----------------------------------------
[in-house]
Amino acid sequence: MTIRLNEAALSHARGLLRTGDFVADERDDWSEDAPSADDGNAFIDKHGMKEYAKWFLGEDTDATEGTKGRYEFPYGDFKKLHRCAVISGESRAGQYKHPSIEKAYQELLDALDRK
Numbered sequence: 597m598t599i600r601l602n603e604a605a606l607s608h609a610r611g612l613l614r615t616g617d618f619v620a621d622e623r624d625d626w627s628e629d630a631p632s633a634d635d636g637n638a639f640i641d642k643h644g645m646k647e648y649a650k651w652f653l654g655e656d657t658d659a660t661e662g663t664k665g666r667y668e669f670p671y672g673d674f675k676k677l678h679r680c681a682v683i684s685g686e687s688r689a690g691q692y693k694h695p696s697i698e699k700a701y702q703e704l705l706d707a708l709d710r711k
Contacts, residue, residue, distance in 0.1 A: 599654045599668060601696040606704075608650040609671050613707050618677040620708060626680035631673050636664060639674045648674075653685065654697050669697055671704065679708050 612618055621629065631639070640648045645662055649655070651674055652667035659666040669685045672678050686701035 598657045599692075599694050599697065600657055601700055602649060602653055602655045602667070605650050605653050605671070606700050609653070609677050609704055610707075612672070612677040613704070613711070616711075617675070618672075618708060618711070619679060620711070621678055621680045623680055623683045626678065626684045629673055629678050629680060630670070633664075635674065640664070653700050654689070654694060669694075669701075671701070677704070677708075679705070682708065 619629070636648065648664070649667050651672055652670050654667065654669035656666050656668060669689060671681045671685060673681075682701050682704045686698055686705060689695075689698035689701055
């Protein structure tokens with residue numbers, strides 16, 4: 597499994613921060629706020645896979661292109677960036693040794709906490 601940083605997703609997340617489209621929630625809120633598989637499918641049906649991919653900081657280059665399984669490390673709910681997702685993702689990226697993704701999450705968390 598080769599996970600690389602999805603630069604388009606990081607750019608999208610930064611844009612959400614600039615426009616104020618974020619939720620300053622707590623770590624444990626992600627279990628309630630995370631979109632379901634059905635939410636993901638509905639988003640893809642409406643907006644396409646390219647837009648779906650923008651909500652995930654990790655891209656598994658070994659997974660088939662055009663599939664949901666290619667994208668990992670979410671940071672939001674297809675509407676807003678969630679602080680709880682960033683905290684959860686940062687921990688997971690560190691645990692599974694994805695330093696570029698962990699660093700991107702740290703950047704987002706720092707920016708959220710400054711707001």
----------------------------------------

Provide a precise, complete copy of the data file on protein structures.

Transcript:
[in-house]
Amino acid sequence: MTIRLNEAALSHARGLLRTGDFVADERDDWSEDAPSADDGNAFIDKHGMKEYAKWFLGEDTDATEGTKGRYEFPYGDFKKLHRCAVISGESRAGQYKHPSIEKAYQELLDALDRK
Numbered sequence: 597m598t599i600r601l602n603e604a605a606l607s608h609a610r611g612l613l614r615t616g617d618f619v620a621d622e623r624d625d626w627s628e629d630a631p632s633a634d635d636g637n638a639f640i641d642k643h644g645m646k647e648y649a650k651w652f653l654g655e656d657t658d659a660t661e662g663t664k665g666r667y668e669f670p671y672g673d674f675k676k677l678h679r680c681a682v683i684s685g686e687s688r689a690g691q692y693k694h695p696s697i698e699k700a701y702q703e704l705l706d707a708l709d710r711k
Contacts, residue, residue, distance in 0.1 A: 599654045599668060601696040606704075608650040609671050613707050618677040620708060626680035631673050636664060639674045648674075653685065654697050669697055671704065679708050 612618055621629065631639070640648045645662055649655070651674055652667035659666040669685045672678050686701035 598657045599692075599694050599697065600657055601700055602649060602653055602655045602667070605650050605653050605671070606700050609653070609677050609704055610707075612672070612677040613704070613711070616711075617675070618672075618708060618711070619679060620711070621678055621680045623680055623683045626678065626684045629673055629678050629680060630670070633664075635674065640664070653700050654689070654694060669694075669701075671701070677704070677708075679705070682708065 619629070636648065648664070649667050651672055652670050654667065654669035656666050656668060669689060671681045671685060673681075682701050682704045686698055686705060689695075689698035689701055
């Protein structure tokens with residue numbers, strides 16, 4: 597499994613921060629706020645896979661292109677960036693040794709906490 601940083605997703609997340617489209621929630625809120633598989637499918641049906649991919653900081657280059665399984669490390673709910681997702685993702689990226697993704701999450705968390 598080769599996970600690389602999805603630069604388009606990081607750019608999208610930064611844009612959400614600039615426009616104020618974020619939720620300053622707590623770590624444990626992600627279990628309630630995370631979109632379901634059905635939410636993901638509905639988003640893809642409406643907006644396409646390219647837009648779906650923008651909500652995930654990790655891209656598994658070994659997974660088939662055009663599939664949901666290619667994208668990992670979410671940071672939001674297809675509407676807003678969630679602080680709880682960033683905290684959860686940062687921990688997971690560190691645990692599974694994805695330093696570029698962990699660093700991107702740290703950047704987002706720092707920016708959220710400054711707001």